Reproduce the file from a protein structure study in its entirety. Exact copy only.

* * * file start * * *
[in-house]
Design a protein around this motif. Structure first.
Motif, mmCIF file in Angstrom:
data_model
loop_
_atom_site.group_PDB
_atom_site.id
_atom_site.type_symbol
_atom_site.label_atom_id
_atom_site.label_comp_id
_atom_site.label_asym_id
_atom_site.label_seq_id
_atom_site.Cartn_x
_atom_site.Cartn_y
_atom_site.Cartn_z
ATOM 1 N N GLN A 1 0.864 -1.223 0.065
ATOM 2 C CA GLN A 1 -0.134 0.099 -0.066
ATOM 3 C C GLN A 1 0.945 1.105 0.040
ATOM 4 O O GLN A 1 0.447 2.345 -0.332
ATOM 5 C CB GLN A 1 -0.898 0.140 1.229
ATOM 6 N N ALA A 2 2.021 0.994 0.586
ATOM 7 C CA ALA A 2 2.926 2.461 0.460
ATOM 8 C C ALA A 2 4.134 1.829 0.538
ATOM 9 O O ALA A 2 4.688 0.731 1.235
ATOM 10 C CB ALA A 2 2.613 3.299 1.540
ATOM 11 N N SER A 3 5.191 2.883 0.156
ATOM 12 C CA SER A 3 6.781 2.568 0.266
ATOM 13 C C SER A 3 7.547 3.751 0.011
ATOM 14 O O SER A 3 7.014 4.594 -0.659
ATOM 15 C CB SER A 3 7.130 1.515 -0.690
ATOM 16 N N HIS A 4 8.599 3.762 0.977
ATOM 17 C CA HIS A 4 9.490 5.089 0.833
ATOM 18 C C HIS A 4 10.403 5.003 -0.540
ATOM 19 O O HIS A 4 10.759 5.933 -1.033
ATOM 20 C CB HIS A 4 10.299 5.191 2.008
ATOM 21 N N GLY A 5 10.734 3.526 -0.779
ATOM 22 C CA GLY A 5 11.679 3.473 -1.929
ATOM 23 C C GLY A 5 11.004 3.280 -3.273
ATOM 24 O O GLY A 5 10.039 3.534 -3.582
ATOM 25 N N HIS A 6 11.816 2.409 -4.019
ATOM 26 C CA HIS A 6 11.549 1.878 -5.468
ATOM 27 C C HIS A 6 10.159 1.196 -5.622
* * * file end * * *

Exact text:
[in-house]
Design a protein around this motif. Structure first.
Motif, mmCIF file in Angstrom:
data_model
loop_
_atom_site.group_PDB
_atom_site.id
_atom_site.type_symbol
_atom_site.label_atom_id
_atom_site.label_comp_id
_atom_site.label_asym_id
_atom_site.label_seq_id
_atom_site.Cartn_x
_atom_site.Cartn_y
_atom_site.Cartn_z
ATOM 1 N N GLN A 1 0.864 -1.223 0.065
ATOM 2 C CA GLN A 1 -0.134 0.099 -0.066
ATOM 3 C C GLN A 1 0.945 1.105 0.040
ATOM 4 O O GLN A 1 0.447 2.345 -0.332
ATOM 5 C CB GLN A 1 -0.898 0.140 1.229
ATOM 6 N N ALA A 2 2.021 0.994 0.586
ATOM 7 C CA ALA A 2 2.926 2.461 0.460
ATOM 8 C C ALA A 2 4.134 1.829 0.538
ATOM 9 O O ALA A 2 4.688 0.731 1.235
ATOM 10 C CB ALA A 2 2.613 3.299 1.540
ATOM 11 N N SER A 3 5.191 2.883 0.156
ATOM 12 C CA SER A 3 6.781 2.568 0.266
ATOM 13 C C SER A 3 7.547 3.751 0.011
ATOM 14 O O SER A 3 7.014 4.594 -0.659
ATOM 15 C CB SER A 3 7.130 1.515 -0.690
ATOM 16 N N HIS A 4 8.599 3.762 0.977
ATOM 17 C CA HIS A 4 9.490 5.089 0.833
ATOM 18 C C HIS A 4 10.403 5.003 -0.540
ATOM 19 O O HIS A 4 10.759 5.933 -1.033
ATOM 20 C CB HIS A 4 10.299 5.191 2.008
ATOM 21 N N GLY A 5 10.734 3.526 -0.779
ATOM 22 C CA GLY A 5 11.679 3.473 -1.929
ATOM 23 C C GLY A 5 11.004 3.280 -3.273
ATOM 24 O O GLY A 5 10.039 3.534 -3.582
ATOM 25 N N HIS A 6 11.816 2.409 -4.019
ATOM 26 C CA HIS A 6 11.549 1.878 -5.468
ATOM 27 C C HIS A 6 10.159 1.196 -5.622